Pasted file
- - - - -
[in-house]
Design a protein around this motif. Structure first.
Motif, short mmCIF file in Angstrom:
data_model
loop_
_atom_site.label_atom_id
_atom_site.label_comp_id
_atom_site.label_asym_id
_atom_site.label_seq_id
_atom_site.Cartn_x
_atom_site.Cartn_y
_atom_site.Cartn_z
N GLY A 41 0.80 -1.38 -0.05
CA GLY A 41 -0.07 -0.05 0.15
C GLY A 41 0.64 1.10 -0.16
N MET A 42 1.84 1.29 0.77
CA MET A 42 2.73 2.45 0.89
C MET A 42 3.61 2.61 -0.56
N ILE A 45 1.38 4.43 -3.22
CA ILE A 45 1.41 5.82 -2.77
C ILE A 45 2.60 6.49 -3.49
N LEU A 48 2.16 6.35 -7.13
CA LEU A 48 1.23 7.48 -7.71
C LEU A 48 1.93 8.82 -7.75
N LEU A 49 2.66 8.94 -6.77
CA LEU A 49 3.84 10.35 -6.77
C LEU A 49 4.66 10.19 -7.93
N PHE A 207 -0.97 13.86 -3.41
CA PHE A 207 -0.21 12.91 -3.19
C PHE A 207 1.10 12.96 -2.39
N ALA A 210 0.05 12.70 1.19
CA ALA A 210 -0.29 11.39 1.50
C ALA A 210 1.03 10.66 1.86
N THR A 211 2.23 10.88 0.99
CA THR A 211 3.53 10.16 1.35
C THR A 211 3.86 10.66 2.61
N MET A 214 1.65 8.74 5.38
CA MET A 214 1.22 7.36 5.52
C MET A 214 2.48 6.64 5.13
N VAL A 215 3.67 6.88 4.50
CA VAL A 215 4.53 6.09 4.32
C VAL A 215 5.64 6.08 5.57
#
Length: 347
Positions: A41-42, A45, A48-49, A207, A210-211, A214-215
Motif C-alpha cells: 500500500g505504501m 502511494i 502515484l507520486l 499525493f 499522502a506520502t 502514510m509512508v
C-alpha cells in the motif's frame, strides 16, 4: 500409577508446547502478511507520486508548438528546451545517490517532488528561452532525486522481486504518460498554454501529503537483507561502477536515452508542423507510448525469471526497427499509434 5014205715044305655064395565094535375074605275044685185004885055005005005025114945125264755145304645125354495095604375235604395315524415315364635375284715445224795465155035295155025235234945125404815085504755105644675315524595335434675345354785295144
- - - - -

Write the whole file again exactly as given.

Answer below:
[in-house]
Design a protein around this motif. Structure first.
Motif, short mmCIF file in Angstrom:
data_model
loop_
_atom_site.label_atom_id
_atom_site.label_comp_id
_atom_site.label_asym_id
_atom_site.label_seq_id
_atom_site.Cartn_x
_atom_site.Cartn_y
_atom_site.Cartn_z
N GLY A 41 0.80 -1.38 -0.05
CA GLY A 41 -0.07 -0.05 0.15
C GLY A 41 0.64 1.10 -0.16
N MET A 42 1.84 1.29 0.77
CA MET A 42 2.73 2.45 0.89
C MET A 42 3.61 2.61 -0.56
N ILE A 45 1.38 4.43 -3.22
CA ILE A 45 1.41 5.82 -2.77
C ILE A 45 2.60 6.49 -3.49
N LEU A 48 2.16 6.35 -7.13
CA LEU A 48 1.23 7.48 -7.71
C LEU A 48 1.93 8.82 -7.75
N LEU A 49 2.66 8.94 -6.77
CA LEU A 49 3.84 10.35 -6.77
C LEU A 49 4.66 10.19 -7.93
N PHE A 207 -0.97 13.86 -3.41
CA PHE A 207 -0.21 12.91 -3.19
C PHE A 207 1.10 12.96 -2.39
N ALA A 210 0.05 12.70 1.19
CA ALA A 210 -0.29 11.39 1.50
C ALA A 210 1.03 10.66 1.86
N THR A 211 2.23 10.88 0.99
CA THR A 211 3.53 10.16 1.35
C THR A 211 3.86 10.66 2.61
N MET A 214 1.65 8.74 5.38
CA MET A 214 1.22 7.36 5.52
C MET A 214 2.48 6.64 5.13
N VAL A 215 3.67 6.88 4.50
CA VAL A 215 4.53 6.09 4.32
C VAL A 215 5.64 6.08 5.57
#
Length: 347
Positions: A41-42, A45, A48-49, A207, A210-211, A214-215
Motif C-alpha cells: 500500500g505504501m 502511494i 502515484l507520486l 499525493f 499522502a506520502t 502514510m509512508v
C-alpha cells in the motif's frame, strides 16, 4: 500409577508446547502478511507520486508548438528546451545517490517532488528561452532525486522481486504518460498554454501529503537483507561502477536515452508542423507510448525469471526497427499509434 5014205715044305655064395565094535375074605275044685185004885055005005005025114945125264755145304645125354495095604375235604395315524415315364635375284715445224795465155035295155025235234945125404815085504755105644675315524595335434675345354785295144